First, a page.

The Chef’s Knife
With a blade size of 8 to 10 inches, the chef’s knife is easily the most important item in every chef’s arsenal of tools. It is a go-to for around 90% of kitchen duties, playing a part in the slicing, dicing and trimming of fruits, vegetables, meats, and fish.
While it’s such a key piece of equipment in the kitchen, it is advised that the following should be avoided and reserved for smaller-sized blades:
- Carving Poultry
- Removing skin from large vegetables e.g. Pumpkin, Butternut squash etc.
The Paring Knife
This shorter blade on average is around 3.5 inches long and is great for tasks and foods that require greater attention to detail. It works well on food types and prep work that the Chef knife struggles to tackle such as peeling fruits and vegetables, slicing and mincing garlic and hulling strawberries.
Avoid using your paring knife to cut hard vegetables. The paring knife lacks sufficient weight.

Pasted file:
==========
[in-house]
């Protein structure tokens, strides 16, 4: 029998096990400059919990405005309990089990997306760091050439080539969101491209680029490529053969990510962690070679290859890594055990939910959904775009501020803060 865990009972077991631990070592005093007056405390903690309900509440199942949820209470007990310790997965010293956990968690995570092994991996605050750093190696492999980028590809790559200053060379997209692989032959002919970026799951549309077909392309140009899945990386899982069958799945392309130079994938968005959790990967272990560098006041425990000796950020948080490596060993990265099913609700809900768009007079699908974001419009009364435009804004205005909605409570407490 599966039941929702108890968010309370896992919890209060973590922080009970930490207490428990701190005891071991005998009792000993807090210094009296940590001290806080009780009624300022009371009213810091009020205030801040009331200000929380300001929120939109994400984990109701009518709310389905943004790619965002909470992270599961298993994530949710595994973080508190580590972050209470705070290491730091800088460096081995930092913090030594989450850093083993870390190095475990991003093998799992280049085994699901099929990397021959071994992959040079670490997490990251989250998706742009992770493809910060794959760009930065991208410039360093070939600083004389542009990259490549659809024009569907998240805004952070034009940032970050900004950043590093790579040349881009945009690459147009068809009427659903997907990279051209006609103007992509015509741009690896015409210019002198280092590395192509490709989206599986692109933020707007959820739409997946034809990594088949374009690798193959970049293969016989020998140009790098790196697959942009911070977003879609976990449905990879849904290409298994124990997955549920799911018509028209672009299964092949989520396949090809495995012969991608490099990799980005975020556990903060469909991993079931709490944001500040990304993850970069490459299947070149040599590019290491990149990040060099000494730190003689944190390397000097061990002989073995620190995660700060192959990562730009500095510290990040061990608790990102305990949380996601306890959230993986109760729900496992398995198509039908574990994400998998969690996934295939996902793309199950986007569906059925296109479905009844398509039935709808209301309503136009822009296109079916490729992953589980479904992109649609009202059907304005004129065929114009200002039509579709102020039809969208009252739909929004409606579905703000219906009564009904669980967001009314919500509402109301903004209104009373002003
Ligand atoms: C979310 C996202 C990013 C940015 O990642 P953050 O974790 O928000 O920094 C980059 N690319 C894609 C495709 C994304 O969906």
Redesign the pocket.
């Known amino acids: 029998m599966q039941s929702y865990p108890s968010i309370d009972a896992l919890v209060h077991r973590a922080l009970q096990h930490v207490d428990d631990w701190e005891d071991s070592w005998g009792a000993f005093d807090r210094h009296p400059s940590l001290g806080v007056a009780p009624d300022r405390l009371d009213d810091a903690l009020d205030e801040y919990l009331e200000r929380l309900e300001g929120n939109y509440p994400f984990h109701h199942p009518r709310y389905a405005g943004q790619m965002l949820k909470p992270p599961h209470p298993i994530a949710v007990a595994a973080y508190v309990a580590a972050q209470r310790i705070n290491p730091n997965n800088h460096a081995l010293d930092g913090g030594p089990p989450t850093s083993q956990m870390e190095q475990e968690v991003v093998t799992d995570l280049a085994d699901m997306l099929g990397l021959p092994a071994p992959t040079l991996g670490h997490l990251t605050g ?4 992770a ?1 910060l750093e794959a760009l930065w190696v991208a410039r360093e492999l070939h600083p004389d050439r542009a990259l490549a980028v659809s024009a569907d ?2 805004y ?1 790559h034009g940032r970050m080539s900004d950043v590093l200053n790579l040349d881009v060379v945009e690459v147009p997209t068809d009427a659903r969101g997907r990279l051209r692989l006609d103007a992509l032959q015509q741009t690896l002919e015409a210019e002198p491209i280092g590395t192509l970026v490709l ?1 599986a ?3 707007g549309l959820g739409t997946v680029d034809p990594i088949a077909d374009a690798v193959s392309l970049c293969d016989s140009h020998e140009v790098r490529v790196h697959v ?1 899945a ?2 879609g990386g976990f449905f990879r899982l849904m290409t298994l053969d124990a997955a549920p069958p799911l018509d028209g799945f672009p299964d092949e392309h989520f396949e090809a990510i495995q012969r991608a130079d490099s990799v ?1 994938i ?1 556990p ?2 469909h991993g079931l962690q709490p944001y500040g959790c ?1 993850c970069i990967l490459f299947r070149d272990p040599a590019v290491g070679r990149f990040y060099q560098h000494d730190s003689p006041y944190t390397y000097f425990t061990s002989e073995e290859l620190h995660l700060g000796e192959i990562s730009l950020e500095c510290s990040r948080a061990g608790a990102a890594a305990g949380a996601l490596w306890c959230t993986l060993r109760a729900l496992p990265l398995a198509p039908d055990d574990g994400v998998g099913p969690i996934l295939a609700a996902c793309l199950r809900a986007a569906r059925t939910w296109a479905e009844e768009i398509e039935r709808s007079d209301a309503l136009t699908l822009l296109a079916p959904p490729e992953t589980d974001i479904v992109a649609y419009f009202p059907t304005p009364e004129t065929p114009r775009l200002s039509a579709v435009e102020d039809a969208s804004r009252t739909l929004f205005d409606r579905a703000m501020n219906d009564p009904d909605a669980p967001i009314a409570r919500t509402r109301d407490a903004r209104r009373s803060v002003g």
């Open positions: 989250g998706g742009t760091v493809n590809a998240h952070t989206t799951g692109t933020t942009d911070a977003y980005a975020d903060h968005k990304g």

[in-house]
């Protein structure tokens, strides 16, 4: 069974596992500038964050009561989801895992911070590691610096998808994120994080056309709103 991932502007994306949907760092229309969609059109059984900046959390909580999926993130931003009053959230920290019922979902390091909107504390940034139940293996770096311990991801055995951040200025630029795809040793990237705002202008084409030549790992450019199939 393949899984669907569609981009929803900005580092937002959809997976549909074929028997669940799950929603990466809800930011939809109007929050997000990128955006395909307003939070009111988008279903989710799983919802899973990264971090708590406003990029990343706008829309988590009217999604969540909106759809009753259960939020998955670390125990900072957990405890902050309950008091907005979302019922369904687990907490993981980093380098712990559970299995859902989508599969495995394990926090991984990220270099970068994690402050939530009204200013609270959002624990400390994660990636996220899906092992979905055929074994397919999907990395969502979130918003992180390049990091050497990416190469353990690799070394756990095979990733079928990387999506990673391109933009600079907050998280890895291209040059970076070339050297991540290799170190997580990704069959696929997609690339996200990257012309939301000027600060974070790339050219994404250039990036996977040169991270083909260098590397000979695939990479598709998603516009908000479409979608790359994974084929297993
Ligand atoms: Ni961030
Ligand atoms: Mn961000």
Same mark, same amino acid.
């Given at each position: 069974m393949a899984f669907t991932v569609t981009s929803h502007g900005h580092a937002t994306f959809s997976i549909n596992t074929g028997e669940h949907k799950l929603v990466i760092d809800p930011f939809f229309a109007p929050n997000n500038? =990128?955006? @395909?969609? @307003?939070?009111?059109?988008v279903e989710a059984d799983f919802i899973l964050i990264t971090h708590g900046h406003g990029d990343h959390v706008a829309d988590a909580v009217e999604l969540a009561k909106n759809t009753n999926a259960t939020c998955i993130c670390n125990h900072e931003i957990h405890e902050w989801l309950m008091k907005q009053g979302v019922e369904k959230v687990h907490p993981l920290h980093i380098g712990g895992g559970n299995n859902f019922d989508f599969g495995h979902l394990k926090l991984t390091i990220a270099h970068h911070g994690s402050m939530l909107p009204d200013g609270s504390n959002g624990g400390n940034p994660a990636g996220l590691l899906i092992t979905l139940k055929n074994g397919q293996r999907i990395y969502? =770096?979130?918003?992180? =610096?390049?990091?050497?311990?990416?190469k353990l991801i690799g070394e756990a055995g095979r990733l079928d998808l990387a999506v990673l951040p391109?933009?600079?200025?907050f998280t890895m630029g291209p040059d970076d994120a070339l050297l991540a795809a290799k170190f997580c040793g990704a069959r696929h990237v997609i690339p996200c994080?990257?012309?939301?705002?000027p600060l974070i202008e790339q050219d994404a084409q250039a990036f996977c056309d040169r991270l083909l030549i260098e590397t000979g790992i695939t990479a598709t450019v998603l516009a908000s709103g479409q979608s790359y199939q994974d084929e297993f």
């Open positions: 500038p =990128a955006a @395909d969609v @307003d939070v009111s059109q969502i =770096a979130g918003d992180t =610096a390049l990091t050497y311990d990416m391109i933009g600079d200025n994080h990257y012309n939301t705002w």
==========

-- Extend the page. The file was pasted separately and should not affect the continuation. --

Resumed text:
The Serrated Knife
The serrated knife has an average blade length of ‘6’ inches and works extremely well when approaching waxy foods and fruits.
Use the serrated knife when cutting watermelons, peppers, citrus fruits, pineapples, tomatoes etc.
These knives are strictly to be used on slicing and not chopping. Also don’t use this knife when slicing smaller items such as berries, garlic and herbs.
The Boning Knife
Cut around bone with ease. Remove ribs, slice through joints and cartilage when cutting up fish, meat or poultry.
While all the aforementioned knives cut in straight lines, the boning knife has ‘flex’, in the way it moves, glides, and gives the knife holder space to work around a piece of meat.
Make sure not to chop through or cut directly into bone or hard vegetables.
The Honing Steel
As suggested by its name it’s clear that this knife isn’t exactly a knife. This tool is as important as the ones mentioned above as it keeps them sharp and ready when required to perform.
To sharpen your knife blade, simply run your blade one side at a time against the honing knife like shown below.